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The Power of The Invisible Microphone


The practice of ‘thinking out loud’, unscripted speaking, turning thoughts into words in the here and now can be very valuable and is a skill which can feature as a matter of routine in many classroom activities.

In any speaking activity in the classroom, it is important to think about the audience. Not just the audience present in the room but a wider, unseen audience who communication is being prepared for and presented to.

What is the purpose of the language used? Is it to persuade? To entertain? To inform? To describe? Who might be the audience we are preparing to speak to? It can often be helpful for teachers and pupils to model and rehearse a spoken presentation based on any theme, purpose or genre. Using a microphone as a classroom prop can be a valuable, flexible and at times playful asset.

Here are some ideas to try, just suggestions which can be adapted. Don’t use a script! Treat these speaking activities as live opportunities to construct, compose and present spoken language with purpose. The activities can be whole class where the speaker presents to the group, or partner work where the listener plays the role of the questioning audience. Questions should be encouraged.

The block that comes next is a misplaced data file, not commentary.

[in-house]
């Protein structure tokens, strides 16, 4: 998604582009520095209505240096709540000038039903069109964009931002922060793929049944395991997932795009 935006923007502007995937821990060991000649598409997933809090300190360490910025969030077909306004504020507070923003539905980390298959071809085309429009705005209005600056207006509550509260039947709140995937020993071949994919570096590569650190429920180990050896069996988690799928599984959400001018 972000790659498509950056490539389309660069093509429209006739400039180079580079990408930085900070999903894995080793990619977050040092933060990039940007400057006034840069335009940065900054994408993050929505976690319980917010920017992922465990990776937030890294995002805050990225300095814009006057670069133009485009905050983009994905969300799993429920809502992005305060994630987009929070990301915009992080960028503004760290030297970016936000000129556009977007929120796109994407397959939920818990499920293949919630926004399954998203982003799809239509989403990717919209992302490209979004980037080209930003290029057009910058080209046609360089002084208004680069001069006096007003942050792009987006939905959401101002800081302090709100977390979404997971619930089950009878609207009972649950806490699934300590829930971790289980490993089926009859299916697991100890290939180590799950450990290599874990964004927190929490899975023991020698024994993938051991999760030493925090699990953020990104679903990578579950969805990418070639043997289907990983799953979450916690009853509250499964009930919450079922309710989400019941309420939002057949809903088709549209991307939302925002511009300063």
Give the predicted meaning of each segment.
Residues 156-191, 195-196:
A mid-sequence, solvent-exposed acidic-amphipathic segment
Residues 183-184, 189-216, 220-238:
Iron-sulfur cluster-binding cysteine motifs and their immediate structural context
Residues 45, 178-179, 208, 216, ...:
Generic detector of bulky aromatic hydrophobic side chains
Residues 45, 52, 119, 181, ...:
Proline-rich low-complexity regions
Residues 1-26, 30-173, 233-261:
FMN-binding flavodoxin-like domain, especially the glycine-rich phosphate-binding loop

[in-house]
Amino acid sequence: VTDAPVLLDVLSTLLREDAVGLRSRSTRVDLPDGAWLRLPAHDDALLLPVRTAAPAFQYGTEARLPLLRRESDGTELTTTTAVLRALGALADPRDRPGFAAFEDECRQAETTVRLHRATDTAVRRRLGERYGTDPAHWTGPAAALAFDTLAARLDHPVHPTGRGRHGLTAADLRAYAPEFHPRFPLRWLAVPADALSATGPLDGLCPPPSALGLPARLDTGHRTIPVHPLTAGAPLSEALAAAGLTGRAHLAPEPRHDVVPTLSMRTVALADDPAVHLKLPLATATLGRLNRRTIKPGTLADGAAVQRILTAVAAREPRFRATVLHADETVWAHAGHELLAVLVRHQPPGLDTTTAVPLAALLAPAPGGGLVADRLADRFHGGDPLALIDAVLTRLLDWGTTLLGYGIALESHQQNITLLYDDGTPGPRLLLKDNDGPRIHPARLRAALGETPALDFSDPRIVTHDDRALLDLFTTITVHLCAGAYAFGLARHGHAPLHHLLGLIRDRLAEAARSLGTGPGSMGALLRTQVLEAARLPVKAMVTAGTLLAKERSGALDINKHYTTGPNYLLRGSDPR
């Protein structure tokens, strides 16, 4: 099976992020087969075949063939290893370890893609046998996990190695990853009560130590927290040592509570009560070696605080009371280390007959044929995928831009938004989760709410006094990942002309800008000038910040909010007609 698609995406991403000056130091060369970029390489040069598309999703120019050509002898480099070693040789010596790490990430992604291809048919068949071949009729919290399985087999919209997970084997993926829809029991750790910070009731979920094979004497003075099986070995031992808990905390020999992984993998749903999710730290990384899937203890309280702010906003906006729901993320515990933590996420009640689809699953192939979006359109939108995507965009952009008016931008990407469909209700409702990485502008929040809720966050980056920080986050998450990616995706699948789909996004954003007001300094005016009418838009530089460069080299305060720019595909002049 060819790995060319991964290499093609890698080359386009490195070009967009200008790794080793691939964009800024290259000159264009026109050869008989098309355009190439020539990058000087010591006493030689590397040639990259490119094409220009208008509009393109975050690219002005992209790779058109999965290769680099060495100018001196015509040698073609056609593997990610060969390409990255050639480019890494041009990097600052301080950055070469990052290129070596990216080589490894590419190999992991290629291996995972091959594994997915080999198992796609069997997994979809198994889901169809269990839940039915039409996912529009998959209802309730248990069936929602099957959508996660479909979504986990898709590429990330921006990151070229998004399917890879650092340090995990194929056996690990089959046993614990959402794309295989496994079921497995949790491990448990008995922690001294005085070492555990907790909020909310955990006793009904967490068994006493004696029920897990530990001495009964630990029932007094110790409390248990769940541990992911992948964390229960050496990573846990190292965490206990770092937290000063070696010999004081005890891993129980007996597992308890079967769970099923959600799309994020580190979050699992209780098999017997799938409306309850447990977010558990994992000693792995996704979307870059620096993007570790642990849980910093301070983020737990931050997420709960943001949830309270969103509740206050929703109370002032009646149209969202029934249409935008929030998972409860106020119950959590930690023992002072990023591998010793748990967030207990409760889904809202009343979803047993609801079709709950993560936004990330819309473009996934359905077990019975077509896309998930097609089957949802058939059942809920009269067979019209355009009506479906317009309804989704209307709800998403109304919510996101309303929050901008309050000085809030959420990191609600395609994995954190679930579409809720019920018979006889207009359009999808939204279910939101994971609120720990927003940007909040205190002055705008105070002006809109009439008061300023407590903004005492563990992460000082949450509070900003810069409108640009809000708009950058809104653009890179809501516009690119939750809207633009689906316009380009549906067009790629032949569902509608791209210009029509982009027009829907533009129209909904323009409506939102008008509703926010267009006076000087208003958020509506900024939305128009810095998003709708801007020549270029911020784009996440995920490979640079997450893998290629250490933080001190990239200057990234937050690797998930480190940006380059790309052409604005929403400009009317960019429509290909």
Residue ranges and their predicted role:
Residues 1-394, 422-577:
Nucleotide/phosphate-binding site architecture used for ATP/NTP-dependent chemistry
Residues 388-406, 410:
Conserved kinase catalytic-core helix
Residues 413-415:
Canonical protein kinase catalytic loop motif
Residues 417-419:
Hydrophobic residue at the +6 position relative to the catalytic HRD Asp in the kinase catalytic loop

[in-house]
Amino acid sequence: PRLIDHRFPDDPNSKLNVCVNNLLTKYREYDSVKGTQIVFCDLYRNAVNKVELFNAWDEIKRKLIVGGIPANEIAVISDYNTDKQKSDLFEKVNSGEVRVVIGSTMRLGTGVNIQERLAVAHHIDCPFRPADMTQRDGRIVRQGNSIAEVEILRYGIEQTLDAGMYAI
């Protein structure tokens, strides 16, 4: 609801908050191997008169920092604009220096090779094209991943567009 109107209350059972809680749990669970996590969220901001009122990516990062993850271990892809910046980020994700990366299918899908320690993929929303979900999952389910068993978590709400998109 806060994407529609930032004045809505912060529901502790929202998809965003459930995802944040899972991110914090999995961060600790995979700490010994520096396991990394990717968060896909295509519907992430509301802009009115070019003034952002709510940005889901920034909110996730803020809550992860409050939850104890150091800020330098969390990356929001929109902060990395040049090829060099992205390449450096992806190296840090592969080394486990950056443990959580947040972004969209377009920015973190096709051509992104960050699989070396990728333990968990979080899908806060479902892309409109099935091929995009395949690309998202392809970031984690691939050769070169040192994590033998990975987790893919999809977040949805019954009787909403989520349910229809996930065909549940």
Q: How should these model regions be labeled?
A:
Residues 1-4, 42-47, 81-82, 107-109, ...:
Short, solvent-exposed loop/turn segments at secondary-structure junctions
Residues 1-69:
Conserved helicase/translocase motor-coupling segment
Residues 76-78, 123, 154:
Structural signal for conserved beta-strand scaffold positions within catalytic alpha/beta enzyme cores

A microphone is not necessary, but it often helps. An invisible imaginary one is fine. It is kept on a shelf in your classroom if you ever need it!

1: Non-Chronological Report: Wildlife And Nature

Imagine you are the expert presenter of a popular natural history TV show.

2: Explain a mathematical calculation.

Imagine you are at a university explaining your ground-breaking understanding to illustrious professors.

3: Geographical Description of places and features

Take the microphone as the knowledgeable announcer on an open-topped tourist bus.

4: Historical Recount

Speak as if presenting a weekly radio 4 history programme.

5: Telling A Story

Imagine being the host of an event at a storytelling festival.

6: Persuasion

Speak loudly and proudly from the benches in a parliamentary debate.

7: Complaint

Imagine you are on a call with the management team of a particularly disappointing hotel airing your grievances.

8: Biography

Pretend to be a TV talk show host introducing the next guest.

9: Explanation

Become the presenter of a TV gadget shown to explain how something works.

10: Instructions

Be the chef on a TV cooking channel, explaining to the audience how to follow a delicious recipe.

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